Originally posted by PrintAction on November 11, 2020.
Check out their article HERE.
Mitchell Press launches Pacific Bindery trade bindery services
Following Pacific Bindery Services Ltd. (PBS) ceasing its operations in September 2020, Burnaby, BC-based Mitchell Press (Mitchell) acquired key equipment, experienced personnel, capabilities and trademark rights. Now, Mitchell is launching a new trade finishing division, called “Pacific Bindery, a division of Mitchell.”
According to Scott Gray, Mitchell’s VP of sales and marketing, this move provides Pacific Bindery with complete independence from the rest of the company’s commercial operations.
“It is our intent to continue to provide British Columbia and Alberta print communicators the same level of service, confidence and quality finishing they have grown to expect,” he said. “Some of the services that will be provided include perfect binding (digital and offset), saddle stitching, coil and wire-o-binding, cutting, folding, glue-folding, tipping, shrink-wrapping, padding, drilling and neighbourhood mail preparation for commercial print communicators.”
“We have created an independent trade-specific production division, Pacific Bindery, to provide exceptional trade bindery and finishing work to our print community,” Gray continued. “While our industry grapples with the rapidly changing marketplace, we felt it important that we continue providing these essential services, safely, confidentially, and securely, for our print community.”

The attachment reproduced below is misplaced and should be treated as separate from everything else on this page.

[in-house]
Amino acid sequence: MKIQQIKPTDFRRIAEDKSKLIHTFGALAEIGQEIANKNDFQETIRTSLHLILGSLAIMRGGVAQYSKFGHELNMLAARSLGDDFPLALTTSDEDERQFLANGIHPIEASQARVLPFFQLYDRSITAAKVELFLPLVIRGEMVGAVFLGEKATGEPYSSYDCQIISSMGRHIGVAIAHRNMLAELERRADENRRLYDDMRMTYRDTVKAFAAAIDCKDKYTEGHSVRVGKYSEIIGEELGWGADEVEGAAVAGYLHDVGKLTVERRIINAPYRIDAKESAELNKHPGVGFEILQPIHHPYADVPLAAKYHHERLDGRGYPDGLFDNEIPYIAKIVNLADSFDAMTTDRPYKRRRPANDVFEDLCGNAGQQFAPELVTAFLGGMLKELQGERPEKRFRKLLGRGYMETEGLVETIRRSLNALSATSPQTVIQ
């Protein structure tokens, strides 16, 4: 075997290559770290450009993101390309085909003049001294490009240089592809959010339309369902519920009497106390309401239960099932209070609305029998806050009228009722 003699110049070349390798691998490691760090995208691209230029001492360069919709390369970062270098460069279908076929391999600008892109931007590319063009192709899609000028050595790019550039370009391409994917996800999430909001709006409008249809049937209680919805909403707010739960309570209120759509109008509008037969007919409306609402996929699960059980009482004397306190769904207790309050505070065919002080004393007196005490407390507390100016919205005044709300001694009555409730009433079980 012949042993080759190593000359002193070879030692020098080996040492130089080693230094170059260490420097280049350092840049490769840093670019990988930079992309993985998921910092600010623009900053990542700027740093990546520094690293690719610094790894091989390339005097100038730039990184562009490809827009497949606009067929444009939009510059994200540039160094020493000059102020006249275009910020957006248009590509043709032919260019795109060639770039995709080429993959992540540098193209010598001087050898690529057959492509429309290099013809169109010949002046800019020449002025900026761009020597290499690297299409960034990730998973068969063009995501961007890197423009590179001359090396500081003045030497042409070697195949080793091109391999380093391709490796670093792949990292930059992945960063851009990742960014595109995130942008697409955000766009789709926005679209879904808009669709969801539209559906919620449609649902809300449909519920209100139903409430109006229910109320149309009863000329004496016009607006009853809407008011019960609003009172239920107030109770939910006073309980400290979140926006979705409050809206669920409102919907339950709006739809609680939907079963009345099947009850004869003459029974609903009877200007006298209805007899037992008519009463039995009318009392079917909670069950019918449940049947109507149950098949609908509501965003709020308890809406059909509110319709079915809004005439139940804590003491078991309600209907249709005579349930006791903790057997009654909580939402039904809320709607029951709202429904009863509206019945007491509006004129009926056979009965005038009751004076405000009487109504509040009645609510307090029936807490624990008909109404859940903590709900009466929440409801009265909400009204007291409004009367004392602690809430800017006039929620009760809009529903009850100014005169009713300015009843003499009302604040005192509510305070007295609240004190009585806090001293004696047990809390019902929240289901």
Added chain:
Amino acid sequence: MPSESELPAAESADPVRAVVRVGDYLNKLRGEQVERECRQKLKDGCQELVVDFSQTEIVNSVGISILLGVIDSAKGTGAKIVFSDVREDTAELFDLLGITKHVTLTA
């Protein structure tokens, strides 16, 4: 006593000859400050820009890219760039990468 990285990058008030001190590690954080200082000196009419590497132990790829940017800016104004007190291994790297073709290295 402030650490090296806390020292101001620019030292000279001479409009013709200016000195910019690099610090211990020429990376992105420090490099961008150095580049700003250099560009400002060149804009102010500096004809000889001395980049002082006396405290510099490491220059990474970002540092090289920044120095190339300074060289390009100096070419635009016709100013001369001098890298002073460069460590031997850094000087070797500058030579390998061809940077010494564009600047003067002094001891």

“While this acquisition comes during challenging times, our organization continues to grow. We now have the benefit of complete manufacturing independence. This allows us to reduce our client’s carbon footprint, expand their options, keep their costs predictable, and under control,” Gray added. “We feel fortunate to be able to reliably help fill a trade bindery void in our industry. So, when you now place an order with Pacific Bindery, you are working with the same experts who are working on the same equipment, producing the same exceptional results that the print market has come to expect.”